I am reminded of Thomas Merton’s Prayer of Abandonment:

    I have no idea where I am going.
    I do not see the road ahead of me.
    I cannot know for certain where it will end.
    Nor do I really know myself.
    And the fact that I think that I am following
    your will does not mean that I am actually doing so.
    But I believe that the desire to please you
    does in fact please you.
    And I hope I have the desire in all that I am doing.
    I hope that I will never do anything apart from that desire.
    And I know that if I do this you will lead me by the
    right road though I may know nothing about it.
    Therefore will I trust you always though I may
    seem to be lost and in the shadow of death.
    I will not fear for you are ever with me and
    you will never leave me to face my troubles alone.

  14. Liturgy Guy says:

    lfiwcIf I may offer my thoughts to Amy: I don’t think we have to assume that it’s always NOT about me. Sometimes it could be about me. If you are the tow truck driver, and you see the rosary on the seat, it could be like an invitation: “Ask your question.”

    The thing is, God loves you, me, all of us. If you are too afraid to take the invitation of the rosary on the seat, God will probably extend another invitation.

    In the parable of the wedding banquet, God is angry with the persons who REFUSED his invitation, who made excuses for not attending. Their excuses revealed that they didn’t want to go. But he’s not going to withold a later invitation because we are afraid. God keeps calling those who are open, but who need to overcome some obstacle.

    So, if you pass up that Rosary on the seat because of a timid, yet open heart, you will encounter another sign along your way.

    Or maybe, God will move the stranded motorist to notice your glance at the Rosary and move her to speak to you about it.

    We can’t let the process of discernment of God’s plan paralyze us. I think that’s a major point in Jennifer’s original post. We generally are not going to figure out who (the human) is the subject of a particular circumstance, because quite possibly, it may be about me, and you, and the next person we meet, and the ones they meet. Ultimately, though, it is about God. God is glorified in ways that we can’t even begin to foresee, even when we screw up, because often He will have someone else take up the ball where we dropped it, or he’ll help us pick it up and make a great run with it.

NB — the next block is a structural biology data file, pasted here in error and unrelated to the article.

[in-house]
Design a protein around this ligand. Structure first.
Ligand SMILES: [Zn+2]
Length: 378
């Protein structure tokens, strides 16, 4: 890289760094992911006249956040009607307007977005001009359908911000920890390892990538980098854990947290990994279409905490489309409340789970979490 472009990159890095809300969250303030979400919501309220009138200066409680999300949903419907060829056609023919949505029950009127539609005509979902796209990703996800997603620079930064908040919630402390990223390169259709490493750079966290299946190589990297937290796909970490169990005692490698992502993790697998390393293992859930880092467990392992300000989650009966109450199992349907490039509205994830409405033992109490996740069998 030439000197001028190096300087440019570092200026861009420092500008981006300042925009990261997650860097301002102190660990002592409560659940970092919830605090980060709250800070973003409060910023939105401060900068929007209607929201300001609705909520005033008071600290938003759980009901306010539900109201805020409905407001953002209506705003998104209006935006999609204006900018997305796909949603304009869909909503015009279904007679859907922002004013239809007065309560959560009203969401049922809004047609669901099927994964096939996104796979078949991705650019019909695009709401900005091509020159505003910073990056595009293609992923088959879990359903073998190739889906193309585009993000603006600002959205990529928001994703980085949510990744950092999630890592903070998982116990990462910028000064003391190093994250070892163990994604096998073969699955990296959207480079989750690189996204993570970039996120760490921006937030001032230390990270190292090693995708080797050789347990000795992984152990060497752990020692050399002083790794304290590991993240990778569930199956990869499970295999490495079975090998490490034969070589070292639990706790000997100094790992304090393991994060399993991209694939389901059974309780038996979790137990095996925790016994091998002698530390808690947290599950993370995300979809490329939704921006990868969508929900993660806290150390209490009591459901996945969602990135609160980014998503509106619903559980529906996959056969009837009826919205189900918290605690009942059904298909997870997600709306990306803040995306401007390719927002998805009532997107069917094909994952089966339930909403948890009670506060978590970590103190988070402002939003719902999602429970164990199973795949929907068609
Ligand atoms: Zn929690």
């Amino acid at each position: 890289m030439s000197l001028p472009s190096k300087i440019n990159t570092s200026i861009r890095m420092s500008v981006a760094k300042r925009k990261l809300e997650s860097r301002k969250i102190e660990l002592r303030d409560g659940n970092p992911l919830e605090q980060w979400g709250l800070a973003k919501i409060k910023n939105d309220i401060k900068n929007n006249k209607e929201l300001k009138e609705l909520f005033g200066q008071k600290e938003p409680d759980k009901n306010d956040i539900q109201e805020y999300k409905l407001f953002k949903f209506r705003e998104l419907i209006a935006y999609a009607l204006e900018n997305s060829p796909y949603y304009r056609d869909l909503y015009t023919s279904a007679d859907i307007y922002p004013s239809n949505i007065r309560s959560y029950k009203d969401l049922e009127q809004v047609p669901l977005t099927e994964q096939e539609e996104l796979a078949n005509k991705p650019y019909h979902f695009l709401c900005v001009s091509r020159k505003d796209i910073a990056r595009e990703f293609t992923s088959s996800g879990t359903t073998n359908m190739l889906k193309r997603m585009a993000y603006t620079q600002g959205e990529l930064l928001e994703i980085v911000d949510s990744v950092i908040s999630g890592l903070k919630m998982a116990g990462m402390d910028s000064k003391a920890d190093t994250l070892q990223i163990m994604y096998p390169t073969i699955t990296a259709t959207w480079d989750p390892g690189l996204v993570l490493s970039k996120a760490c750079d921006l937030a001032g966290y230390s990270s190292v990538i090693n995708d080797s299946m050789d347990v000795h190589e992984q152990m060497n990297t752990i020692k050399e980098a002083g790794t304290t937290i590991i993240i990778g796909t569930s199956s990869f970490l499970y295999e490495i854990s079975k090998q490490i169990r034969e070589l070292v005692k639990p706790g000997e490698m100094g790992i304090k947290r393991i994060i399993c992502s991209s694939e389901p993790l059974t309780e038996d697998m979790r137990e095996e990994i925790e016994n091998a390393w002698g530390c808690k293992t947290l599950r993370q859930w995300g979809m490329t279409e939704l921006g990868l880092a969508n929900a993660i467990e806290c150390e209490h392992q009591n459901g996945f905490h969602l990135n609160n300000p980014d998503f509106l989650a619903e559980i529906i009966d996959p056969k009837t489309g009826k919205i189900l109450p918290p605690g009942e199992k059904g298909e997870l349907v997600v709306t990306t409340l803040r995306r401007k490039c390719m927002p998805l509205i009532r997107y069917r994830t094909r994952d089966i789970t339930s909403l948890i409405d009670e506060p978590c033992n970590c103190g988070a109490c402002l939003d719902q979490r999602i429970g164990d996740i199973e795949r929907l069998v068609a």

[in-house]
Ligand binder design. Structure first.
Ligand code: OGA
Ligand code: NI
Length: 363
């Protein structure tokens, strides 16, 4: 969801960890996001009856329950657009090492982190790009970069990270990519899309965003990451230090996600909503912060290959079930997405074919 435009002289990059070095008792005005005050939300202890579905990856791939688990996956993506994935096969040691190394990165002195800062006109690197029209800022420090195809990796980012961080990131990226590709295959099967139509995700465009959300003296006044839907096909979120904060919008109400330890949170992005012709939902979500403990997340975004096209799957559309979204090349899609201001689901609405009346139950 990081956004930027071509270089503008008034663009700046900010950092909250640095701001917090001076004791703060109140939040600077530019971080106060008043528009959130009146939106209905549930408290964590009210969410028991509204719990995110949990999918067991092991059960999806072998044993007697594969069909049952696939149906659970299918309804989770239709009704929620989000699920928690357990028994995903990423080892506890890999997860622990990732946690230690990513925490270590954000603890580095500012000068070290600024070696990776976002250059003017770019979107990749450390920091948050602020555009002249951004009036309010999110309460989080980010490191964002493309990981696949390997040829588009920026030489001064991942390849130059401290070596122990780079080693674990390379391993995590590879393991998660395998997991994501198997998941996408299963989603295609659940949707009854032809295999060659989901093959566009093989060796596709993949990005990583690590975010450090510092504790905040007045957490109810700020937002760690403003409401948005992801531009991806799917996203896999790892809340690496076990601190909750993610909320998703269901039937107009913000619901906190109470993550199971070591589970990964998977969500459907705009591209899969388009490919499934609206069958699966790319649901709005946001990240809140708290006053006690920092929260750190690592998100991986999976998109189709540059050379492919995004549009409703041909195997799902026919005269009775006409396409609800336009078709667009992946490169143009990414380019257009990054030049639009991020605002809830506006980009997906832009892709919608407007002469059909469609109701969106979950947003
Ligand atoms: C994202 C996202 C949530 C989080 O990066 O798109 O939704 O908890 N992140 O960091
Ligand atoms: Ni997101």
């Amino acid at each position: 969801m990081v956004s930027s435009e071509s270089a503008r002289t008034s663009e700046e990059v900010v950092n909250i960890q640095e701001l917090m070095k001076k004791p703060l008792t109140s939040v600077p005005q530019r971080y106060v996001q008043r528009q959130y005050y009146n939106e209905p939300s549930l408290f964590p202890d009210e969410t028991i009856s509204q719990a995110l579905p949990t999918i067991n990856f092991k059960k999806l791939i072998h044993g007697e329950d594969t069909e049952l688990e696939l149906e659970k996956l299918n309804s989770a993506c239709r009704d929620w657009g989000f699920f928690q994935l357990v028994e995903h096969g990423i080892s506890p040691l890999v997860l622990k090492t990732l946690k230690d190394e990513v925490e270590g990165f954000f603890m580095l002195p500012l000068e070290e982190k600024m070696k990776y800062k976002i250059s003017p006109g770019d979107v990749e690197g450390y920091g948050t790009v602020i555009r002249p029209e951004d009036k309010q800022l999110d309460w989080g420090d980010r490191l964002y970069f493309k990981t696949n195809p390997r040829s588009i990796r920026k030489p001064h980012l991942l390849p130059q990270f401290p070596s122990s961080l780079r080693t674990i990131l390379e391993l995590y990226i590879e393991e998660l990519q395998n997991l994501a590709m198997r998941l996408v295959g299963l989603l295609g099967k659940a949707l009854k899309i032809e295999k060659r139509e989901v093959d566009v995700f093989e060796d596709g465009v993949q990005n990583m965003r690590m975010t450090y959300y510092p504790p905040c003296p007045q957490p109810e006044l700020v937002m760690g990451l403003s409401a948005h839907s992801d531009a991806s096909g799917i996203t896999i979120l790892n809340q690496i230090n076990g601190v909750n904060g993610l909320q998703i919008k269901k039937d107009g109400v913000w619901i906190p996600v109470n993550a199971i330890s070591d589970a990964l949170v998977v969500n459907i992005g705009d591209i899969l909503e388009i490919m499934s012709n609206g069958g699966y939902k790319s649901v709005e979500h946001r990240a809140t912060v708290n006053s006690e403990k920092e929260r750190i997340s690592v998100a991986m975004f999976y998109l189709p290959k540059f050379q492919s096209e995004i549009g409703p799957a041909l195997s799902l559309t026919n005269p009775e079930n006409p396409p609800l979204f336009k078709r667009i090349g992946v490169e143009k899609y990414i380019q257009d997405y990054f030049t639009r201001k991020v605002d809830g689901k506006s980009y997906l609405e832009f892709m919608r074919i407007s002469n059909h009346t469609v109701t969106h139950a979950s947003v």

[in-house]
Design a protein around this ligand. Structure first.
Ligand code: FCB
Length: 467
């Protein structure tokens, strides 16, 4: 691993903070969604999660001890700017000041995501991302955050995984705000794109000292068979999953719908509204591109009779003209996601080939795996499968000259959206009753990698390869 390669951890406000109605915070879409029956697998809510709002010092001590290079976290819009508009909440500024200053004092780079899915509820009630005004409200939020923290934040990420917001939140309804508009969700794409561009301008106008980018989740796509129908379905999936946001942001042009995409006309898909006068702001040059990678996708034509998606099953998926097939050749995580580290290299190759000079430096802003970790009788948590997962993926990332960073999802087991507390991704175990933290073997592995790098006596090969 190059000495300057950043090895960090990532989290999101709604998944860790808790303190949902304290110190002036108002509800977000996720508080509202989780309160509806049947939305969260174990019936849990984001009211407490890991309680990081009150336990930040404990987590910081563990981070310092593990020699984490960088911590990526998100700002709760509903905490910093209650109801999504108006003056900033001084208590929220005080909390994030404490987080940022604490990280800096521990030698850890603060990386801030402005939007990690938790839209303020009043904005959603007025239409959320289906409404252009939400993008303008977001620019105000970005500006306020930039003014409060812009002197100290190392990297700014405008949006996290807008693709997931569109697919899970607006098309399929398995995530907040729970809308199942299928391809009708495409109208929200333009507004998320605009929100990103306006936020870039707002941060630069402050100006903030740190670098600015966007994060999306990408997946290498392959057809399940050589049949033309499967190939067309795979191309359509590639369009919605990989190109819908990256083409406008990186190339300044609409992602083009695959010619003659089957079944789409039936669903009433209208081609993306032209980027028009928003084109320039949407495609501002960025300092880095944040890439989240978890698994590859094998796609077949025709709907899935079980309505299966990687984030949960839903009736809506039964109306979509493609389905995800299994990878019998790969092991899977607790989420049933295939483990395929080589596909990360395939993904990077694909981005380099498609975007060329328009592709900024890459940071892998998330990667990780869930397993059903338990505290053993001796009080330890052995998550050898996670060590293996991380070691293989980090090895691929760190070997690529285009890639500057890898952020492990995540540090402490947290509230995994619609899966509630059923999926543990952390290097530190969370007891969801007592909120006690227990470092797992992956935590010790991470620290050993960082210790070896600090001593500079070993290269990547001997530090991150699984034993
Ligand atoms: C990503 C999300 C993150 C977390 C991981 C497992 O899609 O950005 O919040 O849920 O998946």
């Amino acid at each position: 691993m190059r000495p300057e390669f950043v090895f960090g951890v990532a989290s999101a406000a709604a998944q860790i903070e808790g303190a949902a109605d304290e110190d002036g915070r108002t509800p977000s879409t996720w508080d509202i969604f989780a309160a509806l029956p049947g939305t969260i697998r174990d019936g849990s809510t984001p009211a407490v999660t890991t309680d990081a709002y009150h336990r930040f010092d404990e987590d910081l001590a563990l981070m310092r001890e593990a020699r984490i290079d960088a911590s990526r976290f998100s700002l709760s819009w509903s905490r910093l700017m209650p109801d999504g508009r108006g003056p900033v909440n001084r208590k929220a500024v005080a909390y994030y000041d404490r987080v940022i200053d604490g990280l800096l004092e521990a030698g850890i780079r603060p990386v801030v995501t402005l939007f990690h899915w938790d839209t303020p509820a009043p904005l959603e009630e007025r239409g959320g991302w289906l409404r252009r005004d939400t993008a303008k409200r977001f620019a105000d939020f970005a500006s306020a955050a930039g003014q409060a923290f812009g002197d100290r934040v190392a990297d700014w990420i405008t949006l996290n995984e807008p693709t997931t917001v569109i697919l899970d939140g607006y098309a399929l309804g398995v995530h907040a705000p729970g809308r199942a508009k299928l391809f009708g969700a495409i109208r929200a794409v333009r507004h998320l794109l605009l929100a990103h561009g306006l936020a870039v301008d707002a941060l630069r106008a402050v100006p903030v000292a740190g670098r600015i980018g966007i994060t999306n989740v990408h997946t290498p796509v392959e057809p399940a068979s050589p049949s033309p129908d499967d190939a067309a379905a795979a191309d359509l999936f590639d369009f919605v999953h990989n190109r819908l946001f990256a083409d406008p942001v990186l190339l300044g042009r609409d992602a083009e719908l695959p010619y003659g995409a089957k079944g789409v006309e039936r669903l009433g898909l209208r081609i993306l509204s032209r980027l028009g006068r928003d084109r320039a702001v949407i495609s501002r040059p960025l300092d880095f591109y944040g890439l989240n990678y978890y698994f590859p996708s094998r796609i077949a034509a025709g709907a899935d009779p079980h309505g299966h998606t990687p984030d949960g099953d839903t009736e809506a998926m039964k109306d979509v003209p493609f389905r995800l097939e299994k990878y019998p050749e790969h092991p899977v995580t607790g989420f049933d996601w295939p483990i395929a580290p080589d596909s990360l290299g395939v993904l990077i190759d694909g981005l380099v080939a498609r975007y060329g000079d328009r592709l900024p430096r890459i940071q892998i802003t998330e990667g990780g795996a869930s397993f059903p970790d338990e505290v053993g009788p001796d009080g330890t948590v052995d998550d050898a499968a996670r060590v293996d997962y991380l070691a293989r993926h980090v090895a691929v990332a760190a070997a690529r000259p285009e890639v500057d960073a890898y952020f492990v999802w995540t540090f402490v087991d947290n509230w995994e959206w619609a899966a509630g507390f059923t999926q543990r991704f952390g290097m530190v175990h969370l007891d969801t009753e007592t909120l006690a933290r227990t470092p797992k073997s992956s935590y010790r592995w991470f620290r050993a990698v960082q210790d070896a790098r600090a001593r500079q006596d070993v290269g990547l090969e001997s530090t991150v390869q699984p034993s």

So, if you see the rosary on the seat, God will glorified if you overcome the fear to ask your question. He will be glorified if the other person notices your glance and responds. He will be glorified if neither of you respond, but down the road something else more amazing happens to answer your question. Or if years later you meet again the motorist you towed and THEN have that conversation you didn’t have the first time!

    It’s about God. We just have to try to intend to do God’s will in all things, and to do the best we can, and repent if we fail somehow.

    Ultimately, as much as it’s about us giving control over to God, it’s also about admitting that his ways are mysterious and beyond our ability to comprehend. He gives us a peek into a tiny bit of it now and then. Yet, we have to humble ourselves, like Job, and accept “things that above measure exceeded my knowledge.” Job 42:1-6

  15. Anonymous says: